Though I had thought about most of the issues Brian brings up, he certainly adds a few twists that make it not quite as simple as I said two comments up =).

a farewell to stephen:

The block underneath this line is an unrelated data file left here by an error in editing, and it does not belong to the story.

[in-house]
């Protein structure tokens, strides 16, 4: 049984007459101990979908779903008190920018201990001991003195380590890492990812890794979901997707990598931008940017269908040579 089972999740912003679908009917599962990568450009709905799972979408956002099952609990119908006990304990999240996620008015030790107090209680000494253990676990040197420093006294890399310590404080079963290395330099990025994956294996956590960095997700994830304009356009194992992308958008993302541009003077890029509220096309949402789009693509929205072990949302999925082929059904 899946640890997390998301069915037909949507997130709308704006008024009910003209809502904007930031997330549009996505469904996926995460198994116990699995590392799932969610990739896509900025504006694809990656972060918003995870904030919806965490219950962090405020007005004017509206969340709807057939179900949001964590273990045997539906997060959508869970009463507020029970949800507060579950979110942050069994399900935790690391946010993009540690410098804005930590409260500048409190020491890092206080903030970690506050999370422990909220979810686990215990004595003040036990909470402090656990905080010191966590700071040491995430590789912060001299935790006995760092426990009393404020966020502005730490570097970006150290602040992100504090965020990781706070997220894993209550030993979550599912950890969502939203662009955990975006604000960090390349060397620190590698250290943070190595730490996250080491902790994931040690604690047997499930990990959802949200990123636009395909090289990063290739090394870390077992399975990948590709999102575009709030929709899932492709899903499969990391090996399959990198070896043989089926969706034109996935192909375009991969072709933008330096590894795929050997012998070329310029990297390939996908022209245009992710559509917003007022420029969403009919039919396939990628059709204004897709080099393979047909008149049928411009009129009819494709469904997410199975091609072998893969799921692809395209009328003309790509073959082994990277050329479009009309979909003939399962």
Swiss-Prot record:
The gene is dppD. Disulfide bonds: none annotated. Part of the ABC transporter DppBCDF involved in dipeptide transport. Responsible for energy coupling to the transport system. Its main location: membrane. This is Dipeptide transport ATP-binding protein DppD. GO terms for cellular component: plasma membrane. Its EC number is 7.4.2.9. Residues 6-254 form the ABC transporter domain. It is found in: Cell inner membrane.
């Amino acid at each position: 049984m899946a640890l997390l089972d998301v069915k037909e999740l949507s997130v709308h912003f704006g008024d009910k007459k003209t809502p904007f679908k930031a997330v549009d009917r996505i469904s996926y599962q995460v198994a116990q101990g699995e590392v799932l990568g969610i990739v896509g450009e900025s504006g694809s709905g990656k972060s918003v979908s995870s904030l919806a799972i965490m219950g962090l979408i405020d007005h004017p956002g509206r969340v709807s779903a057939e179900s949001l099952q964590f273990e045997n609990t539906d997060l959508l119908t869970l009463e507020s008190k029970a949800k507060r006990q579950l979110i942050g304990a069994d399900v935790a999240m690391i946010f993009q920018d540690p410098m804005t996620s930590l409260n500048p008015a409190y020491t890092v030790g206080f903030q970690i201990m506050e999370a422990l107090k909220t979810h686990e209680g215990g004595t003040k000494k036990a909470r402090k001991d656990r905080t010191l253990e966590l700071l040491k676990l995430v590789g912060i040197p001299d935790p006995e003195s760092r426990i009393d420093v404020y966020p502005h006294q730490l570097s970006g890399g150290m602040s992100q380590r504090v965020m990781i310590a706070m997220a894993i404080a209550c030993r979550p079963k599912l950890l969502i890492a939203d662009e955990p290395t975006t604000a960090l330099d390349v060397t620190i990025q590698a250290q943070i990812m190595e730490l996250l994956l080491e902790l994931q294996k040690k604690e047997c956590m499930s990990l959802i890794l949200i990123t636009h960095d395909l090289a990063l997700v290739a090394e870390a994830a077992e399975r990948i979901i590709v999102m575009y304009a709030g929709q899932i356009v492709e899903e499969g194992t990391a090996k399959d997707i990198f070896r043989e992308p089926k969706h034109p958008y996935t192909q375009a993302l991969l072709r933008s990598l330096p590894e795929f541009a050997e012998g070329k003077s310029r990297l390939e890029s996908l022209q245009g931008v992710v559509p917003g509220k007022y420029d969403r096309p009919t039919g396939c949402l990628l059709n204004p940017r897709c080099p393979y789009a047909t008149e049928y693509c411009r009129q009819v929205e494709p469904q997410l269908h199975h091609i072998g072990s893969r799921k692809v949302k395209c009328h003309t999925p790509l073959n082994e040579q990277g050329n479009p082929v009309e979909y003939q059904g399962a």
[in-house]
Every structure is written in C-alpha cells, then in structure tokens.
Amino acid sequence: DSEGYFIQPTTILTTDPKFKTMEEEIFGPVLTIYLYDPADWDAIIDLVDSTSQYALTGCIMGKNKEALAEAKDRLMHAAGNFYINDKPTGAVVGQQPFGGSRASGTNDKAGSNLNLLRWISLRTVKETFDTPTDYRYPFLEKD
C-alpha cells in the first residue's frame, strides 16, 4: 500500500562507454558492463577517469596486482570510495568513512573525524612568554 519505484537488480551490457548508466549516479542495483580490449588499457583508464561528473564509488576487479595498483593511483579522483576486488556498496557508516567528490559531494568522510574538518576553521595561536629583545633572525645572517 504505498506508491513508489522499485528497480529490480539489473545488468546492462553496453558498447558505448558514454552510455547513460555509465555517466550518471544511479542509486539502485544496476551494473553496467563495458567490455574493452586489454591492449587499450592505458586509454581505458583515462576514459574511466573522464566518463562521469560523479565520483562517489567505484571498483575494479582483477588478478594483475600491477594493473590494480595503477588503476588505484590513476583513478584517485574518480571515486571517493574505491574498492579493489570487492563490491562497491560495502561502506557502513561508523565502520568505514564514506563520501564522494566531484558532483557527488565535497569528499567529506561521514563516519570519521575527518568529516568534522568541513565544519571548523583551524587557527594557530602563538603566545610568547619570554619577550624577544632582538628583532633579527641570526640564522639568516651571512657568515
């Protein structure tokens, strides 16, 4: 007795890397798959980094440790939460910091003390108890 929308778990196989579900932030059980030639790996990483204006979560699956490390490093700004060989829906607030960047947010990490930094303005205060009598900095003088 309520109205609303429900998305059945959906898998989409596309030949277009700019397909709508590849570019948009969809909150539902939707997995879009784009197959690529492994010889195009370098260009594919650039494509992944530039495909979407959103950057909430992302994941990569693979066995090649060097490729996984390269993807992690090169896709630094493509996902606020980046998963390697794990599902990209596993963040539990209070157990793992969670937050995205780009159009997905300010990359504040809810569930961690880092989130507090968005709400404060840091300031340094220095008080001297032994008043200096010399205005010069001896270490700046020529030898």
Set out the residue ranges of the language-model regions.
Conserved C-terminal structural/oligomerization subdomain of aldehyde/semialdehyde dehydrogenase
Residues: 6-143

as some of you may or may not know stephen is one of the founding/charter members of our soccer team, "babaganoutch" (formerly, and much more earnestly, known as "dawnbreakers"), (why are we so much more earnest in our youth? the older we get the more opportunity we have to learn to laugh at ourselves, i suppose) and we've been part of an small nucleus that has remained unchanged on the team for about 8 years now... i could always count on stephen to hold down his left full back position, distribute, show up, play, & pay, which is more than i can say for any other single member of that charter group... or most of the over 100 players that have come along since... selfless, reliable, even playing keeper on occasion... he's shared co-captainship duties these last couple years with me, the first person i've ever had do that that actually was useful... every now & then he'd even surprise me on the pitch with a big run up the wing, followed by a big lofty shot, catching the keeper off his mark and scoring on a few memorable occasions... for the uninitiated, this is rare in our sport, for a defender to score... but that's in keeping with stephen... a rare individual, a good friend, a great team mate, and someone who will be missed... it's been a lot of fun, steve... if you make it back this way, we'll bridge your team seniority!